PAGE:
An American Master in Germany – Georgia O’Keeffe at the Hypo Kunsthalle

4 Feb

For the first time there is a retrospective of the works of Georgia O’Keeffe being exhibited in Germany.  In Munich until May, Georgia O’Keeffe: Life and Work at the Hypo Kunsthalle introduces visitors to the grande dame of American Art.  O’Keeffe ranks with Warhol as one of the most identifiable American artists of the twentieth century.  This traveling exhibition, which has previously been in Rome and will continue to Helsinki, was organized by the O’Keeffe Museum in Santa Fe and features over 70 of the artist’s works.  O’Keeffe is brought European audience who might not be completely familiar with her.  Overall, it’s an absolute success.

But first, I know what you’re thinking.  And no, despite the frequent jokes not all of Georgia O’Keefe’s paintings are thinly veiled representations of female genitalia.  She actually resented the fact that her artwork was seen merely as a statement of her gender instead of, well, artwork.  Although she did do a few paintings that seem rather feminine – note the two clam shell paintings near the beginning of the exhibition – she stopped using such forms when she realized people were critiquing the works based on Freudian psychology instead of art.

The exhibition covers all her subjects in a sweeping introduction to her career, from art school to final works.  Far from being a dry chronology, the retrospective is enhanced by the frequent photographs of O’Keeffe, many of which were taken by her husband Alfred Stieglitz.  At the same time that we see her art develop we also see her develop from a mousey art teacher to the strong, self-assured artist wandering the New Mexico landscape who is so familiar to us.  Indeed the exhibition itself begins not with a work of art, but a slide show of photographs of the artist.  From the beginning it’s not a show about Georgia O’Keeffe’s art, but rather a show about Georgia O’Keeffe the artist.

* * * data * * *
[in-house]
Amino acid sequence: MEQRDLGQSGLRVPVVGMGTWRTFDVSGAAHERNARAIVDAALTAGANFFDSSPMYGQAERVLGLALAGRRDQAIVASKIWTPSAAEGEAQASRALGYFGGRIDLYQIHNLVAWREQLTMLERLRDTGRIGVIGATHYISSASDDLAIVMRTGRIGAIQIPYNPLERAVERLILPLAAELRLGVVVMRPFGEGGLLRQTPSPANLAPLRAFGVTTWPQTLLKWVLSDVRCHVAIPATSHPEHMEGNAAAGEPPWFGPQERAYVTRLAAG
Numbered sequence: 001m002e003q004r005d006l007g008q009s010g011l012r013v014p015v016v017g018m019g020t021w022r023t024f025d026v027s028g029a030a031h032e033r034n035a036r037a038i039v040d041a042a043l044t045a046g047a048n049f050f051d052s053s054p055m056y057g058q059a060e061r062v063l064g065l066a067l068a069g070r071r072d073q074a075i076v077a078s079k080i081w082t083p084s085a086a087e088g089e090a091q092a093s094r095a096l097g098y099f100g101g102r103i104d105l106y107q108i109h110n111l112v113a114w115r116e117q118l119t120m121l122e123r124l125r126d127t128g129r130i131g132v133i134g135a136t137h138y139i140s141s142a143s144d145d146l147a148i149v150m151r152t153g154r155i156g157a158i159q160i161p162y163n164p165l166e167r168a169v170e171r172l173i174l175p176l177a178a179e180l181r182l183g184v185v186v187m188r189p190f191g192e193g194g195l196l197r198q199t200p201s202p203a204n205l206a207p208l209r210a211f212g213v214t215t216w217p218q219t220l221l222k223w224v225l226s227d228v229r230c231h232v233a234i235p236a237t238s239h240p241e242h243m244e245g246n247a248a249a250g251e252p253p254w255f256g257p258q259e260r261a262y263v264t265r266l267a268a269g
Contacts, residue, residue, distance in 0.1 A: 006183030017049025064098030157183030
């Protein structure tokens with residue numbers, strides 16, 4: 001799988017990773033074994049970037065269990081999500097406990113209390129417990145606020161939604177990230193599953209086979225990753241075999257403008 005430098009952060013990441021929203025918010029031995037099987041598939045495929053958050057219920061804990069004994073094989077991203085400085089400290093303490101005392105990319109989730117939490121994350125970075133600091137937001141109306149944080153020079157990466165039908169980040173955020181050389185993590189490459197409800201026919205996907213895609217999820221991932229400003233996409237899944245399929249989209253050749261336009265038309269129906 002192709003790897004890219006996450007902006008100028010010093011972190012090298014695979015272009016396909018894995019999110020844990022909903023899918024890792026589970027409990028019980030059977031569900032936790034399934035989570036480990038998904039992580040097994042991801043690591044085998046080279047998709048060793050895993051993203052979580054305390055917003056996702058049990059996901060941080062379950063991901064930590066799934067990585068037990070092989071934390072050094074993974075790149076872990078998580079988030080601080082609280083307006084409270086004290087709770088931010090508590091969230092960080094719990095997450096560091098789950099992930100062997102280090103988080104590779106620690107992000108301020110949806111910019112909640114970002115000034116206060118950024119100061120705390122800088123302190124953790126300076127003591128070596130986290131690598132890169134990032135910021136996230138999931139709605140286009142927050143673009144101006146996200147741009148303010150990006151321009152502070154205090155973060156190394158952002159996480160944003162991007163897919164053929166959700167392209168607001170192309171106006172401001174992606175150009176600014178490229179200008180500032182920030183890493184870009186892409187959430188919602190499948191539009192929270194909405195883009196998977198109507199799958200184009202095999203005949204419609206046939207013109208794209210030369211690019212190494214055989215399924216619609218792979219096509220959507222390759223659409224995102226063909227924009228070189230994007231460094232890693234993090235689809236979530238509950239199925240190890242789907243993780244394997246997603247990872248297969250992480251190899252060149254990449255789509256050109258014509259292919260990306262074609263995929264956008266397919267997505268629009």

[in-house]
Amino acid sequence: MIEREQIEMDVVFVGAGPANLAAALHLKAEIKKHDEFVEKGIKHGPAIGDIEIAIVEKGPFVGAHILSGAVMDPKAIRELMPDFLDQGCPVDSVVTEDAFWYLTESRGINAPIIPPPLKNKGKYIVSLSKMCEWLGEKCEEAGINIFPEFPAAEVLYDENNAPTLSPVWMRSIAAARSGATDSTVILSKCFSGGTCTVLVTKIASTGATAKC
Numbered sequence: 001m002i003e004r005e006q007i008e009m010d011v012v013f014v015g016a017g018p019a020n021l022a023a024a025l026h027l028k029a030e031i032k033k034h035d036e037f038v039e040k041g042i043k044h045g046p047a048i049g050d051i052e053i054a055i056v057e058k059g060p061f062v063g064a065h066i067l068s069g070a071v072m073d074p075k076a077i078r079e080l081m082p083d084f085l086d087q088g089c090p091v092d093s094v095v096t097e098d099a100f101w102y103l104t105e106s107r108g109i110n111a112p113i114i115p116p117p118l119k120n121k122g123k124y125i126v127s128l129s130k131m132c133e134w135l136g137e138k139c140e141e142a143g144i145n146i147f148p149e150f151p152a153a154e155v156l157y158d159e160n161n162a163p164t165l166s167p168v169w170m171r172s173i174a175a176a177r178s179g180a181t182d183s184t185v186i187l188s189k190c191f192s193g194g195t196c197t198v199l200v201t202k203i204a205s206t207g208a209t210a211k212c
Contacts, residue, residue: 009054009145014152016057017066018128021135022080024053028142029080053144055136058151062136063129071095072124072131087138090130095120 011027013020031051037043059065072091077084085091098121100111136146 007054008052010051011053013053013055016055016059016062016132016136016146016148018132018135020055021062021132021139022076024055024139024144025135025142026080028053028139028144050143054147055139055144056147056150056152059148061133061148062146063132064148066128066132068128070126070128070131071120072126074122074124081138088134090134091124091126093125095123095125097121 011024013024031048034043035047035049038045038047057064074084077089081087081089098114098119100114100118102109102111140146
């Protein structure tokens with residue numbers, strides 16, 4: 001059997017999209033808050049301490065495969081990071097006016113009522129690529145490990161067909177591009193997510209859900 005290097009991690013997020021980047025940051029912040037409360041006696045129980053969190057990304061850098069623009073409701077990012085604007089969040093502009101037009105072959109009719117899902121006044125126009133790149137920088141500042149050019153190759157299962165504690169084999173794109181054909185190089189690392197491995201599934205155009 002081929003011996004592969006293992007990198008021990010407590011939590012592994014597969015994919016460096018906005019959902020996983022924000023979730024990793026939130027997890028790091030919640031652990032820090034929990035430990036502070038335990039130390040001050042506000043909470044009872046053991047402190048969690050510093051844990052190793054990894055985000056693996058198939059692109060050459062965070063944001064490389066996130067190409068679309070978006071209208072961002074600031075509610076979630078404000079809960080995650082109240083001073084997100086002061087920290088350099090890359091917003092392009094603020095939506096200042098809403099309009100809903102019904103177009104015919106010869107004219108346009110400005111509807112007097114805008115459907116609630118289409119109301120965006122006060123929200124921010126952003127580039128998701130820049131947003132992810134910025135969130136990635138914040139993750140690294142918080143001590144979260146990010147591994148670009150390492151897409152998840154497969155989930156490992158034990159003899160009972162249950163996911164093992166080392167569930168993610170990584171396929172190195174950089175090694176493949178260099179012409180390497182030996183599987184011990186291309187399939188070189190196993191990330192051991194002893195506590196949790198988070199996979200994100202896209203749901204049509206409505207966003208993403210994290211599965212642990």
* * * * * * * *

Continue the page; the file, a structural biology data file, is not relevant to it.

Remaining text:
If there is one problem with this exhibition it’s the overall design.  Here in Munich the exhibition is done in an austere, modern style.  Large gray walls are only partly covered with artworks.  Especially as we reach O’Keeffe’s time in New Mexico, with its warm tones and sense of space, the bright Southwestern landscapes seem completely at odds with their surroundings.  Although not able to put my finger on it while visiting the exhibition, later when I was researching it and saw clips from its stop in Rome I realized what had been bothering me.  In Rome the rooms were smaller and warmer, allowing the visitor to feel more like the paintings are windows to another place instead of art on a wall.

But still this is a highly worthwhile exhibition for anyone who has the slightest interest in art.  Georgia O’Keeffe was one of the most accessible artists of the twentieth century.  Partly this was due to her personality and her status as an icon of the American Southwest, but mostly it’s because her paintings are absolutely beautiful.  Even those who don’t normally like abstract art are taken in by O’Keeffe’s use of color and contrast.  There’s a confidence in her paintings that can only be appreciated when you see the confidence in her eyes.  Fortunately Georgia O’Keeffe: Life and Work demonstrates both.

Georgia O’Keeffe: Life and Work runs in Munich until May 13, 2012

Open daily 10:00 – 20:00
Admission: €11, Students €5, Mondays half price all admission
Audio guide available in German and English for €5.  Be aware  that the audio guide isn’t available until after the coat check, so keep your money out if you want one.



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